It was all pretty clever. Vander Zalm even announced a Survivor-style competition for those ridings hoping to be the first to launch recall campaigns. The challenge is to sign up canvassers over the next eight weeks; ridings with the most participants launch recall campaigns first.
Even the five conditions the anti-HST campaigners set were crafted to place Campbell in a tight corner.
Two of the demands - to make the initiative binding and require only a simple majority vote to kill the tax - had already been accepted by Campbell last week in a surprise announcement. (The initiative legislation says the threshold is 50 per cent of all eligible voters, not just those who show up at the pools. Even then, he result isn't binding.)
The other three demands were tougher.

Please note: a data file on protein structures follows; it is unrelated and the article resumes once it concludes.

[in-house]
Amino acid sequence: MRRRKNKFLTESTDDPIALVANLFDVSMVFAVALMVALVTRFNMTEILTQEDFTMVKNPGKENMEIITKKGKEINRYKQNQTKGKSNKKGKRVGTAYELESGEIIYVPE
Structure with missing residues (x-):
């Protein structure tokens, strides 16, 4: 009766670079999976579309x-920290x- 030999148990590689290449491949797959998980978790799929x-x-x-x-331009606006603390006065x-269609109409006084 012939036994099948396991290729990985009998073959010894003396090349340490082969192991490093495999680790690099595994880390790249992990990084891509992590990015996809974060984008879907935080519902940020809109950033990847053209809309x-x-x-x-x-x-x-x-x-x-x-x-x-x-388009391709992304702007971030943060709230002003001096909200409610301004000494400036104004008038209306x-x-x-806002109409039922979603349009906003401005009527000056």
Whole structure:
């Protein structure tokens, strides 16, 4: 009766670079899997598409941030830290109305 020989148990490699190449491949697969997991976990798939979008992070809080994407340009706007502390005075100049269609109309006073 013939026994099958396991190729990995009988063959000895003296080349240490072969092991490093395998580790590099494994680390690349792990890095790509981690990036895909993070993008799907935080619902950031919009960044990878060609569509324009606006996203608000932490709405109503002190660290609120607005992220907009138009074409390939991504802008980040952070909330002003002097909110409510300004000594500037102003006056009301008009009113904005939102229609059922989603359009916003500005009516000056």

The Fight-HST People wanted the referendum held under some legally binding framework, like the Referendum Act, with spending limits and other safeguards.
They wanted the question to be drafted by Elections BC and approved by "both the government and Fight HST."
And they wanted the referendum held this year.
Pushy. But except for the timing, Fight HST isn't really out of line. Don't forget, the group succeeded in a petition process which was supposed to result in a vote next September on the bill to kill the HST that they had drafted. That's the law.
Now Campbell appears to be making up his own rules.
A little compromise and consensus is in order.
The Liberals certainly won't accept a vote this year. They hope time will ease the anger over the way the HST was introduced and let them convince people the tax is a good thing.
And they want the advantage of being able to draft the question.
But that doesn't mean they have to stand by passively as the recall campaigns are launched.